I decided to continue my research into getting my DVDs into a network storage format for play by a home theater PC, this time by getting a Windows Vista Ultimate system up and running to try out My Movies and see how it worked. I also wanted to find out how difficult it was to get movies playing on my Xbox 360 using the Media Center Extender functionality. (Yes, I could have tried Windows Vista Home Premium, too, but figured, why not Ultimate?)
The problem is, I don’t have a system I can just flatten and dedicate to this, especially seeing as how I just wanted to try it out really quick without actually activating it, so it’d be up and running for less than 30 days. I decided this was the perfect opportunity to use Virtual PC 2007 to create a Vista Ultimate virtual machine and do all my work there - in a totally throw-away environment.
I didn’t get far.
Vista itself installed reasonably well. It was simple and straightforward, though it wasn’t super quick. I suppose you can’t really blame it for being slow since it was installing from an ISO image that was stored on the same physical drive as the VPC software and the VM image. So the disk churned a lot, and I recognize that as a vastly non-optimal setup, but I also figured I didn’t need it to be super fast, I just needed to see it basically function.
The next step I took was to try installing My Movies 2.20. Unfortunately, it wouldn’t install since it requires .NET 1.1 SP1 and Vista Ultimate only comes with 2.0 and 3.0 pre-installed. Downloaded and installed .NET 1.1 as well as SP1, then got My Movies installed. Cool. Time to fire up Windows Media Center.
Media Center started and after a few setup steps, I was into the menus. I didn’t see the My Movies options, but it turns out there’s a known defect in 2.20 that My Movies doesn’t properly add itself to the menus in Media Center. Luckily there’s a “My Movies” icon that gets installed in the Start menu and if you start Media Center from that, you go straight into My Movies. But we’ll get there in a second.
Not seeing the My Movies options anywhere in the menus, I decided to poke around Media Center a little. This is where I started seriously noticing the Virtual PC issues. Menus were slow to redraw, there was no animation to anything, the mouse cursor sometimes just disappeared… it was pretty horrible. I tried watching one of the sample videos that get installed with Vista and got a message about how some files weren’t working correctly or something. Turns out Vista really seems to want 64MB of video RAM and the max that Virtual PC will give it is 8MB. Exiting Media Center and trying the videos directly from Windows Media Player was successful (though very jumpy with several frames getting skipped at a time). I’m thinking Media Center had used up all my whopping 8MB of virtual video RAM and that was that. No more worky.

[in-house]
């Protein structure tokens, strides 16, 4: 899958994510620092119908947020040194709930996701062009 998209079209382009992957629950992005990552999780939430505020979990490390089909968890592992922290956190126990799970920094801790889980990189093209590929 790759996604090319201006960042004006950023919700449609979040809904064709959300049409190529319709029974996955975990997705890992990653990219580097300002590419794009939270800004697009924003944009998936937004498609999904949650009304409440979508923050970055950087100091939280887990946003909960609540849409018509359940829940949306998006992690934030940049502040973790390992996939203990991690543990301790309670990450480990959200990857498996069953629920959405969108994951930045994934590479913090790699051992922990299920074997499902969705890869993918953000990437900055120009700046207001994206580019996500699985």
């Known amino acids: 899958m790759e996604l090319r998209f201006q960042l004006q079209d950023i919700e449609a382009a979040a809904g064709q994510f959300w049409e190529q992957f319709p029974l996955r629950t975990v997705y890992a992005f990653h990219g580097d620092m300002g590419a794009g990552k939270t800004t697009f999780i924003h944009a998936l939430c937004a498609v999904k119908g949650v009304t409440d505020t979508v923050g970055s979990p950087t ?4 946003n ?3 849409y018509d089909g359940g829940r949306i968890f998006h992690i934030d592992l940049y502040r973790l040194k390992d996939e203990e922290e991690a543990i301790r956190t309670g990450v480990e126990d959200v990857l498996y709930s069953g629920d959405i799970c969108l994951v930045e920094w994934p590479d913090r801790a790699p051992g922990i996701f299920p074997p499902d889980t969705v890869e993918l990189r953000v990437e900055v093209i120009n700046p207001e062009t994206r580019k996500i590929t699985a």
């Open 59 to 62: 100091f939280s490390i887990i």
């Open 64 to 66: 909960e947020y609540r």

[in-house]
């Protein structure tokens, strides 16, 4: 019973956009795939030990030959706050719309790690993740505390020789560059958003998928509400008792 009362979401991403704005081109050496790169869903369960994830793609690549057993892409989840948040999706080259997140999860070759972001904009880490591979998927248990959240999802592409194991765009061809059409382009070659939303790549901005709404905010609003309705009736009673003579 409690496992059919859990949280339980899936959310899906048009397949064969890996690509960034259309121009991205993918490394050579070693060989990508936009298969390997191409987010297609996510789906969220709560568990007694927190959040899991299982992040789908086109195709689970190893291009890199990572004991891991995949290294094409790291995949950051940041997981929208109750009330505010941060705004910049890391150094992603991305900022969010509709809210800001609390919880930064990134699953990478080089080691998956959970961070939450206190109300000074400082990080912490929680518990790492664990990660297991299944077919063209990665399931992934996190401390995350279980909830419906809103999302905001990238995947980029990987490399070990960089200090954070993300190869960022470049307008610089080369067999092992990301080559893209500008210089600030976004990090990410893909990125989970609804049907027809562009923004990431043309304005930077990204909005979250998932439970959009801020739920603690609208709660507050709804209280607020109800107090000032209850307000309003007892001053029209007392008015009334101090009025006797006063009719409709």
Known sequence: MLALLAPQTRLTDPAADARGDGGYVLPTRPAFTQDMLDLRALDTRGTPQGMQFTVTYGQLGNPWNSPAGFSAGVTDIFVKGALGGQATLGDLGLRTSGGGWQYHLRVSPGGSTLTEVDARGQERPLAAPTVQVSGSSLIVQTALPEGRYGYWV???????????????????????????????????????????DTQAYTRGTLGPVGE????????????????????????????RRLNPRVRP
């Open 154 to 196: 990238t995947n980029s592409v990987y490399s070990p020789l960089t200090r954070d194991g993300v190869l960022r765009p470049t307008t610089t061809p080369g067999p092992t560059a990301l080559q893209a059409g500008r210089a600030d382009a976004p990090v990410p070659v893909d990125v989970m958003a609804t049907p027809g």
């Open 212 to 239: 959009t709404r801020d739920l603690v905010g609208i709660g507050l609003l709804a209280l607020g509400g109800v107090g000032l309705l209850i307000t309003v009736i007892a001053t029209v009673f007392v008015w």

But I wasn’t going to get mired by that! There was still more to do! I figured since I wouldn’t be actually playing the movies on the VM - I’d only be streaming them to my Xbox 360 to play - that it didn’t really matter if I couldn’t get things playing right there.
Following some tips in the My Movies forums, I enabled the DVD Gallery feature in Media Center using a KB article at Microsoft. I figured this would be helpful to troubleshoot differences between how Media Center handles movies directly and how My Movies handles movies. Regardless, I didn’t figure it hurt anything, so there we go.
I downloaded and installed Transcode360 in preparation for the connection to my Xbox 360. In order to get it to work properly, I had to right-click the shortcut in the Start menu and modify the properties to tell it to Run as Administrator. If you have User Access Control enabled and you don’t do that, you only get exceptions when you try to start it up. (That’s not documented anywhere; I had to figure that out myself.)
OK! I had Vista Ultimate, My Movies, and Transcode360. Time to get a movie ripped and try this bad boy out!
I brought a DVD in today, fired up the VPC, fired up My Movies, and inserted the DVD into the drive. I told the VPC to capture the physical DVD drive as the VM drive so I could access the DVD…
…and this is where my fun ended. Media Center instantly became entirely unresponsive. Like, full seconds between putting your mouse cursor over a menu option and having the menu option highlight in preparation to be clicked. Removed the DVD from the drive and things became mildly responsive again.
To test things out, I exited Media Center and put the disc back in the drive. I wanted to see if the performance death had anything to do with Media Center. Turns out it didn’t - I inserted the DVD and got a few options on the Autoplay menu - I could install a DVD player from the disc, play the DVD with Windows Media Player, or play the DVD with Windows Media Center. I chose Windows Media Player. The player came up… and sat there doing nothing. I left it for several minutes and it never responded. I think this is, again, the video RAM issue coming back to bite me.
Regardless, I think my test of Vista Ultimate in a VPC environment is done. I believe several issues I fought with were due to the limitations of the VPC environment, but I also think there was some odd stuff going on with My Movies that needs to be fixed before I can get back into it.
In my web-based travels trying to find solutions, I found out about a lot of limitations to Media Center Extender technology (including the codecs that are supported, which is why Transcode360 is required) that make me wonder if using the Xbox 360 as an extender really is the best way to go or if maybe just getting a dedicated home theater PC might be a better idea and use some network attached storage so if I need to add more stations, I can put a PC in each room and just connect to the central storage.